Jeff Barnard, Associated Press
MANTON, Calif. — Twisted sheets of metal, the hulks of pickup trucks and brick walls were all that was left of homes once sheltered by green pine and cedar trees.
In a rural Northern California subdivision that was the latest to feel the wrath of massive western wildfires, long pine needles bent back on themselves, unburned but dried to a brittle dusty gray by the intense heat of the Ponderosa fire.
Thousands of residents of tiny rural communities just outside Lassen Volcanic National Park who had been forced to flee soon after the fire was ignited by lighting on Saturday were allowed to return home on Wednesday.
While the fire was 57 percent contained, with full containment forecast for early next week, 900 other homes were threatened Thursday as the fire burned a new front on the southern front.
The blaze has grown to 44 square miles in the hills about 25 miles southeast of Redding.
Bob Folsom, who works at a nearby hydroelectric facility, tended the gasoline generator that is keeping his refrigerator running while utility crews worked to replace power lines destroyed by the blaze when it roared through the area last weekend.
"I was ready for this day," he said. "I try to be self-sufficient."
Folsom and his son never left their home as the fire burned within a half mile of them last weekend, close enough that they heard trees exploding and the flames roaring like a freight train. Over the past 10 years, they had thinned hundreds of trees, dug a pond to store water, and installed hydrants to fill fire hoses.
"When it comes through, it's gonna come fast," he said. "You don't have time to cut down trees."
Fires across the West have left some states with thin budgets to scramble to get people, planes, bulldozers and other tools on fire lines to beat back the flames.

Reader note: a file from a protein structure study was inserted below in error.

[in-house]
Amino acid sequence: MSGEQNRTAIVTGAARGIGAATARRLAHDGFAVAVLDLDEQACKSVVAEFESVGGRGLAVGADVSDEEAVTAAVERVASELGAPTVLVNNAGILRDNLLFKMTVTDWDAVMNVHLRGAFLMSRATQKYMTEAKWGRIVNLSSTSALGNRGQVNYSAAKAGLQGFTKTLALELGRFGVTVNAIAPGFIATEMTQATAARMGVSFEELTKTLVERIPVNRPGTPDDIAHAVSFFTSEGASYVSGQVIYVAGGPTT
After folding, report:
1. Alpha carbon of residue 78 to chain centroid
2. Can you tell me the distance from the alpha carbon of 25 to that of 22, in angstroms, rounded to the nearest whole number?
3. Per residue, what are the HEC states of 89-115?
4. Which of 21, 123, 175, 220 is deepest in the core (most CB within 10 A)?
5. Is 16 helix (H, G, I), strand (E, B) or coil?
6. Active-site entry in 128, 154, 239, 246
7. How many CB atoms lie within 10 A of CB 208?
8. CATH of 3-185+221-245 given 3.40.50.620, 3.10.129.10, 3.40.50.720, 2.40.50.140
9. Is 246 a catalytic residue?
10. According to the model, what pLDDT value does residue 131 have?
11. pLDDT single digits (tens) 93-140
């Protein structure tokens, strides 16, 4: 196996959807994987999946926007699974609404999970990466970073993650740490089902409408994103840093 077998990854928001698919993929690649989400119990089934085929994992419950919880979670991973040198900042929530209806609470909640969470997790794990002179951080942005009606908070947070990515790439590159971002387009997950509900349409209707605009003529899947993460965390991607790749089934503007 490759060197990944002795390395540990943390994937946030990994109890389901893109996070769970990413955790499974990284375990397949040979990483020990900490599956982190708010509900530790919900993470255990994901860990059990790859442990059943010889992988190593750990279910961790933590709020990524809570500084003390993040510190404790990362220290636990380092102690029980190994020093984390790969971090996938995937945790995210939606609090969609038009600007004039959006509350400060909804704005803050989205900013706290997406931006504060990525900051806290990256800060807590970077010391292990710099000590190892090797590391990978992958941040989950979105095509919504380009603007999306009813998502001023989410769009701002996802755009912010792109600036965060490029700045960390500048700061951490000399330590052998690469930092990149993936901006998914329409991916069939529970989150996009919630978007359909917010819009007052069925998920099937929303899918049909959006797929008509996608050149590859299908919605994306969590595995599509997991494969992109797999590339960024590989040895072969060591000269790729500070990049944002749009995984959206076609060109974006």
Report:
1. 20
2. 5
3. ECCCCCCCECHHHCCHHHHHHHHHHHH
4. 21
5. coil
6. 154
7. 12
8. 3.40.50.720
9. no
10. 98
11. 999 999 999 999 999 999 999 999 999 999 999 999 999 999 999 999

And that's with about a third of the annual wildfire season remaining.
According to the National Interagency Fire Center in Boise, Idaho, the nation as of Wednesday had seen 42,927 wildfires this year, which burned just over 7 million acres.
While the number of fires is down from the 10-year average of 54,209 as of Aug. 22, the acreage was well above the average of 5.4 million acres, said Don Smurthwaite, a NIFC spokesman.
"The fires are bigger," he said.
In Colorado Springs, Colo., this summer, about 350 homes were burned in the most destructive wildfire in state history. Another fire in northern Colorado just before it scorched 257 homes.
The costs have mounted, not just in the damage to houses and other buildings.
In Utah, for example, officials have spent $50 million as of mid-August to fight more than 1,000 wildfires, far surpassing the $3 million a year the Legislature budgeted for fighting wildfires.
The state's share is estimated at $16 million, said Roger Lewis of the Utah Division of Forestry, Fire and State Lands. He said lawmakers will need to figure out how to come up with $13 million.
That's the largest-ever supplemental appropriation request needed for firefighting in the state, agency spokesman Jason Curry said. He said, "It's obviously been a big year."
Washington state fire officials project that they will spend about $19.8 million on emergency fire suppression activities in the current fiscal year that ends next June.
That is expected to far surpass the $11.2 million the agency was allotted for such work, meaning the Department of Natural Resources will have to ask the Legislature for supplemental funds.
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